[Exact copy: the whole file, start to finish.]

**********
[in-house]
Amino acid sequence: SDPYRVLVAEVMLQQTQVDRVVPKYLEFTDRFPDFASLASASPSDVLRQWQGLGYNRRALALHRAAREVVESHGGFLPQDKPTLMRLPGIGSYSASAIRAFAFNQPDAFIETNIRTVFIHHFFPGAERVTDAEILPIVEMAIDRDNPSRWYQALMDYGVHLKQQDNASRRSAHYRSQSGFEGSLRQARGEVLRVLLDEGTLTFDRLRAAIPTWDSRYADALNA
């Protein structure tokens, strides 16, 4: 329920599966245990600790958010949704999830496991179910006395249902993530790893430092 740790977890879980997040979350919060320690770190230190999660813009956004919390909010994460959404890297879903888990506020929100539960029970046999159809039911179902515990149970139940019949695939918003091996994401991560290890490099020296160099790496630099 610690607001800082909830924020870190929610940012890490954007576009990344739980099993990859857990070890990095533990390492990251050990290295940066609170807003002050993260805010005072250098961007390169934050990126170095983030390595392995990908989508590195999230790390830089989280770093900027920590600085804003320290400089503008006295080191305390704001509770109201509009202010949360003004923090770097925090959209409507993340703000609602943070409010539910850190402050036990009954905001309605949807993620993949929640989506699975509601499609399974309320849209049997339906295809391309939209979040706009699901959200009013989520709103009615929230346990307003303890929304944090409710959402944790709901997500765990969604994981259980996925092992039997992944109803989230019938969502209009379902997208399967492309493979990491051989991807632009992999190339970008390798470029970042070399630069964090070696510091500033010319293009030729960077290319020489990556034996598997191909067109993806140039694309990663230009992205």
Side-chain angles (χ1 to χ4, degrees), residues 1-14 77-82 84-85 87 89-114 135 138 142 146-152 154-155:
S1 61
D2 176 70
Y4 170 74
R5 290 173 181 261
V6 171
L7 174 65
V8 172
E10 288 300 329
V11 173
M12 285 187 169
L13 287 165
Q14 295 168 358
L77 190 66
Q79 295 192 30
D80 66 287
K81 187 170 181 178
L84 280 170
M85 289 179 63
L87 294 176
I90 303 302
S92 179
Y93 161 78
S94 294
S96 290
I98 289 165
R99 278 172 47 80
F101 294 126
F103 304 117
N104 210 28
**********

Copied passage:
[in-house]
Amino acid sequence: SDPYRVLVAEVMLQQTQVDRVVPKYLEFTDRFPDFASLASASPSDVLRQWQGLGYNRRALALHRAAREVVESHGGFLPQDKPTLMRLPGIGSYSASAIRAFAFNQPDAFIETNIRTVFIHHFFPGAERVTDAEILPIVEMAIDRDNPSRWYQALMDYGVHLKQQDNASRRSAHYRSQSGFEGSLRQARGEVLRVLLDEGTLTFDRLRAAIPTWDSRYADALNA
């Protein structure tokens, strides 16, 4: 329920599966245990600790958010949704999830496991179910006395249902993530790893430092 740790977890879980997040979350919060320690770190230190999660813009956004919390909010994460959404890297879903888990506020929100539960029970046999159809039911179902515990149970139940019949695939918003091996994401991560290890490099020296160099790496630099 610690607001800082909830924020870190929610940012890490954007576009990344739980099993990859857990070890990095533990390492990251050990290295940066609170807003002050993260805010005072250098961007390169934050990126170095983030390595392995990908989508590195999230790390830089989280770093900027920590600085804003320290400089503008006295080191305390704001509770109201509009202010949360003004923090770097925090959209409507993340703000609602943070409010539910850190402050036990009954905001309605949807993620993949929640989506699975509601499609399974309320849209049997339906295809391309939209979040706009699901959200009013989520709103009615929230346990307003303890929304944090409710959402944790709901997500765990969604994981259980996925092992039997992944109803989230019938969502209009379902997208399967492309493979990491051989991807632009992999190339970008390798470029970042070399630069964090070696510091500033010319293009030729960077290319020489990556034996598997191909067109993806140039694309990663230009992205």
Side-chain angles (χ1 to χ4, degrees), residues 1-14 77-82 84-85 87 89-114 135 138 142 146-152 154-155:
S1 61
D2 176 70
Y4 170 74
R5 290 173 181 261
V6 171
L7 174 65
V8 172
E10 288 300 329
V11 173
M12 285 187 169
L13 287 165
Q14 295 168 358
L77 190 66
Q79 295 192 30
D80 66 287
K81 187 170 181 178
L84 280 170
M85 289 179 63
L87 294 176
I90 303 302
S92 179
Y93 161 78
S94 294
S96 290
I98 289 165
R99 278 172 47 80
F101 294 126
F103 304 117
N104 210 28